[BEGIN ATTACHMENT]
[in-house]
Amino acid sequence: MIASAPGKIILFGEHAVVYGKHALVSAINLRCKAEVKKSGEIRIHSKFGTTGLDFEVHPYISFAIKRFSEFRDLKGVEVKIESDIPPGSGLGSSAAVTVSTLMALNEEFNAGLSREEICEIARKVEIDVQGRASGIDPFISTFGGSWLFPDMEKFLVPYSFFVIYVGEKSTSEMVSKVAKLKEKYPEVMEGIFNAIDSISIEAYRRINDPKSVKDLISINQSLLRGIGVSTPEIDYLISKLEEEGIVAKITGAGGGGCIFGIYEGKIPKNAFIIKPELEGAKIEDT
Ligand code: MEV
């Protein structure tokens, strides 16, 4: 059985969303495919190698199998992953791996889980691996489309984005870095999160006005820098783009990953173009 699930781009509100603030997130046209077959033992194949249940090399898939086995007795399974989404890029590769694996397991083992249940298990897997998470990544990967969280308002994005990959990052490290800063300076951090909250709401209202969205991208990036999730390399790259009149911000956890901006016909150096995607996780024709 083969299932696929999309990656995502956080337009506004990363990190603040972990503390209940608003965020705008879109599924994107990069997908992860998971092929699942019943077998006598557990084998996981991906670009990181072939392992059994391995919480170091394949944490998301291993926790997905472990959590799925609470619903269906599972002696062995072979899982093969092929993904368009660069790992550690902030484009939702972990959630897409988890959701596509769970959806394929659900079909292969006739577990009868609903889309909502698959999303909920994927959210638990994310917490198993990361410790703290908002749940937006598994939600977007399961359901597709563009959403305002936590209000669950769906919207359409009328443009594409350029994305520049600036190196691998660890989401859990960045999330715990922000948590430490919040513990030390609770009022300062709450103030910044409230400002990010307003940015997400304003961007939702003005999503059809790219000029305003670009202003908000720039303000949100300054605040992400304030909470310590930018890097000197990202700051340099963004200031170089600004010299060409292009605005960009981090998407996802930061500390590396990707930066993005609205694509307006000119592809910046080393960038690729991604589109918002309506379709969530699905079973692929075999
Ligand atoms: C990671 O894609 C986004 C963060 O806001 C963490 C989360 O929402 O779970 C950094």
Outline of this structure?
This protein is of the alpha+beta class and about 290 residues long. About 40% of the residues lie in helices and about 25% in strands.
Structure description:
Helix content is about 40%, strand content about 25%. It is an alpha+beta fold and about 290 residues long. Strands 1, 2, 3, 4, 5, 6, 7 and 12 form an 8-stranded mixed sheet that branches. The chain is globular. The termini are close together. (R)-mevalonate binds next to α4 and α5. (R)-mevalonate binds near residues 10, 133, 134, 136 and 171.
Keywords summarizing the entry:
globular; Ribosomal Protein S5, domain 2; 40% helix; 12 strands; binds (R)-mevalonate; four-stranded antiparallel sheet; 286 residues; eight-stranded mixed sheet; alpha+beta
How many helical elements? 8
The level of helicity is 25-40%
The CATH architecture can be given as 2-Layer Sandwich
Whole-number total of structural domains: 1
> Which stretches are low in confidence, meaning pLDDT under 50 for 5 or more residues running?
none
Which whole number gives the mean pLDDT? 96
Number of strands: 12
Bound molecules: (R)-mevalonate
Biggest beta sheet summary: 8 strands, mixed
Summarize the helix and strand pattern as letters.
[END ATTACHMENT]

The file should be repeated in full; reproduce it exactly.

[in-house]
Amino acid sequence: MIASAPGKIILFGEHAVVYGKHALVSAINLRCKAEVKKSGEIRIHSKFGTTGLDFEVHPYISFAIKRFSEFRDLKGVEVKIESDIPPGSGLGSSAAVTVSTLMALNEEFNAGLSREEICEIARKVEIDVQGRASGIDPFISTFGGSWLFPDMEKFLVPYSFFVIYVGEKSTSEMVSKVAKLKEKYPEVMEGIFNAIDSISIEAYRRINDPKSVKDLISINQSLLRGIGVSTPEIDYLISKLEEEGIVAKITGAGGGGCIFGIYEGKIPKNAFIIKPELEGAKIEDT
Ligand code: MEV
């Protein structure tokens, strides 16, 4: 059985969303495919190698199998992953791996889980691996489309984005870095999160006005820098783009990953173009 699930781009509100603030997130046209077959033992194949249940090399898939086995007795399974989404890029590769694996397991083992249940298990897997998470990544990967969280308002994005990959990052490290800063300076951090909250709401209202969205991208990036999730390399790259009149911000956890901006016909150096995607996780024709 083969299932696929999309990656995502956080337009506004990363990190603040972990503390209940608003965020705008879109599924994107990069997908992860998971092929699942019943077998006598557990084998996981991906670009990181072939392992059994391995919480170091394949944490998301291993926790997905472990959590799925609470619903269906599972002696062995072979899982093969092929993904368009660069790992550690902030484009939702972990959630897409988890959701596509769970959806394929659900079909292969006739577990009868609903889309909502698959999303909920994927959210638990994310917490198993990361410790703290908002749940937006598994939600977007399961359901597709563009959403305002936590209000669950769906919207359409009328443009594409350029994305520049600036190196691998660890989401859990960045999330715990922000948590430490919040513990030390609770009022300062709450103030910044409230400002990010307003940015997400304003961007939702003005999503059809790219000029305003670009202003908000720039303000949100300054605040992400304030909470310590930018890097000197990202700051340099963004200031170089600004010299060409292009605005960009981090998407996802930061500390590396990707930066993005609205694509307006000119592809910046080393960038690729991604589109918002309506379709969530699905079973692929075999
Ligand atoms: C990671 O894609 C986004 C963060 O806001 C963490 C989360 O929402 O779970 C950094």
Outline of this structure?
This protein is of the alpha+beta class and about 290 residues long. About 40% of the residues lie in helices and about 25% in strands.
Structure description:
Helix content is about 40%, strand content about 25%. It is an alpha+beta fold and about 290 residues long. Strands 1, 2, 3, 4, 5, 6, 7 and 12 form an 8-stranded mixed sheet that branches. The chain is globular. The termini are close together. (R)-mevalonate binds next to α4 and α5. (R)-mevalonate binds near residues 10, 133, 134, 136 and 171.
Keywords summarizing the entry:
globular; Ribosomal Protein S5, domain 2; 40% helix; 12 strands; binds (R)-mevalonate; four-stranded antiparallel sheet; 286 residues; eight-stranded mixed sheet; alpha+beta
How many helical elements? 8
The level of helicity is 25-40%
The CATH architecture can be given as 2-Layer Sandwich
Whole-number total of structural domains: 1
> Which stretches are low in confidence, meaning pLDDT under 50 for 5 or more residues running?
none
Which whole number gives the mean pLDDT? 96
Number of strands: 12
Bound molecules: (R)-mevalonate
Biggest beta sheet summary: 8 strands, mixed
Summarize the helix and strand pattern as letters.